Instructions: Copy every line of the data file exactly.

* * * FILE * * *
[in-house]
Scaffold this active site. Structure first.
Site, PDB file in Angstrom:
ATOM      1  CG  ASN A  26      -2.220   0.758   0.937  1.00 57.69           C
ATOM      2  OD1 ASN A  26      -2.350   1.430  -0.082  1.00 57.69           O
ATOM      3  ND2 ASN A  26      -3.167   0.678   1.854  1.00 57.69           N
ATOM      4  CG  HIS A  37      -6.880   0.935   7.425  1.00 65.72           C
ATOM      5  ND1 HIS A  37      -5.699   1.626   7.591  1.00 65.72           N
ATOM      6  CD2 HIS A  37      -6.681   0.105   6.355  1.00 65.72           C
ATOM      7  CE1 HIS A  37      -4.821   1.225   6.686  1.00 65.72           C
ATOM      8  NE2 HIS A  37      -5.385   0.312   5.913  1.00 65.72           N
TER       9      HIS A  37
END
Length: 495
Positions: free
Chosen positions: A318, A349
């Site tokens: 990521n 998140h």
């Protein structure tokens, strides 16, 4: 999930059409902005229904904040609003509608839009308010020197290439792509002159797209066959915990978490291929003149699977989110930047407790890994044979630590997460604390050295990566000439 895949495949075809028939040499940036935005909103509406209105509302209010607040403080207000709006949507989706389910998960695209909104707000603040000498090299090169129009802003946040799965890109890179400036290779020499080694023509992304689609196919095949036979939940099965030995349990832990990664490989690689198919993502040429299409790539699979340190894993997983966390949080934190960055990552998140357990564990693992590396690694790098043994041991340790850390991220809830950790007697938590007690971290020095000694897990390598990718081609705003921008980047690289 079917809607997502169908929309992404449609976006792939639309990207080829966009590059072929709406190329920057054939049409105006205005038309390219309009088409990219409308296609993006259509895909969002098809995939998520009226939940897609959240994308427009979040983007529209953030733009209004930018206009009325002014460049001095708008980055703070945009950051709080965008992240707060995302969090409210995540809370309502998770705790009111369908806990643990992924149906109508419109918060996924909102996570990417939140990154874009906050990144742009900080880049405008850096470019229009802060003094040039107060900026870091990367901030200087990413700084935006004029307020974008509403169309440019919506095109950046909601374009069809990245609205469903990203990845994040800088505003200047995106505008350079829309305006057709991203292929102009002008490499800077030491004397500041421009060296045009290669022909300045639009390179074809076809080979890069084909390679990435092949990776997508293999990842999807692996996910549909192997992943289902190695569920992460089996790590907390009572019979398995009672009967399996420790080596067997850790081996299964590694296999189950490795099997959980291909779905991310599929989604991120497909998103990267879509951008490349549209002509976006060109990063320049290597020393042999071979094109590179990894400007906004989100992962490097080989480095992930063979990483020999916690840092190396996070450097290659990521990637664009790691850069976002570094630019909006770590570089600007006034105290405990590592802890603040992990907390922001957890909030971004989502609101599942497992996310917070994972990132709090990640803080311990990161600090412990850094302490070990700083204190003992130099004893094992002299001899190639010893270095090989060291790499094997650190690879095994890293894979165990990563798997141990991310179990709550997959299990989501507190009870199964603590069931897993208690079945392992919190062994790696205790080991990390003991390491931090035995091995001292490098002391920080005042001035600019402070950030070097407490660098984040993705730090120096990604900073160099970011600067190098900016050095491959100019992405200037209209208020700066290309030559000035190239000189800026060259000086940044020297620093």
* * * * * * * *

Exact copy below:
[in-house]
Scaffold this active site. Structure first.
Site, PDB file in Angstrom:
ATOM      1  CG  ASN A  26      -2.220   0.758   0.937  1.00 57.69           C
ATOM      2  OD1 ASN A  26      -2.350   1.430  -0.082  1.00 57.69           O
ATOM      3  ND2 ASN A  26      -3.167   0.678   1.854  1.00 57.69           N
ATOM      4  CG  HIS A  37      -6.880   0.935   7.425  1.00 65.72           C
ATOM      5  ND1 HIS A  37      -5.699   1.626   7.591  1.00 65.72           N
ATOM      6  CD2 HIS A  37      -6.681   0.105   6.355  1.00 65.72           C
ATOM      7  CE1 HIS A  37      -4.821   1.225   6.686  1.00 65.72           C
ATOM      8  NE2 HIS A  37      -5.385   0.312   5.913  1.00 65.72           N
TER       9      HIS A  37
END
Length: 495
Positions: free
Chosen positions: A318, A349
């Site tokens: 990521n 998140h």
């Protein structure tokens, strides 16, 4: 999930059409902005229904904040609003509608839009308010020197290439792509002159797209066959915990978490291929003149699977989110930047407790890994044979630590997460604390050295990566000439 895949495949075809028939040499940036935005909103509406209105509302209010607040403080207000709006949507989706389910998960695209909104707000603040000498090299090169129009802003946040799965890109890179400036290779020499080694023509992304689609196919095949036979939940099965030995349990832990990664490989690689198919993502040429299409790539699979340190894993997983966390949080934190960055990552998140357990564990693992590396690694790098043994041991340790850390991220809830950790007697938590007690971290020095000694897990390598990718081609705003921008980047690289 079917809607997502169908929309992404449609976006792939639309990207080829966009590059072929709406190329920057054939049409105006205005038309390219309009088409990219409308296609993006259509895909969002098809995939998520009226939940897609959240994308427009979040983007529209953030733009209004930018206009009325002014460049001095708008980055703070945009950051709080965008992240707060995302969090409210995540809370309502998770705790009111369908806990643990992924149906109508419109918060996924909102996570990417939140990154874009906050990144742009900080880049405008850096470019229009802060003094040039107060900026870091990367901030200087990413700084935006004029307020974008509403169309440019919506095109950046909601374009069809990245609205469903990203990845994040800088505003200047995106505008350079829309305006057709991203292929102009002008490499800077030491004397500041421009060296045009290669022909300045639009390179074809076809080979890069084909390679990435092949990776997508293999990842999807692996996910549909192997992943289902190695569920992460089996790590907390009572019979398995009672009967399996420790080596067997850790081996299964590694296999189950490795099997959980291909779905991310599929989604991120497909998103990267879509951008490349549209002509976006060109990063320049290597020393042999071979094109590179990894400007906004989100992962490097080989480095992930063979990483020999916690840092190396996070450097290659990521990637664009790691850069976002570094630019909006770590570089600007006034105290405990590592802890603040992990907390922001957890909030971004989502609101599942497992996310917070994972990132709090990640803080311990990161600090412990850094302490070990700083204190003992130099004893094992002299001899190639010893270095090989060291790499094997650190690879095994890293894979165990990563798997141990991310179990709550997959299990989501507190009870199964603590069931897993208690079945392992919190062994790696205790080991990390003991390491931090035995091995001292490098002391920080005042001035600019402070950030070097407490660098984040993705730090120096990604900073160099970011600067190098900016050095491959100019992405200037209209208020700066290309030559000035190239000189800026060259000086940044020297620093």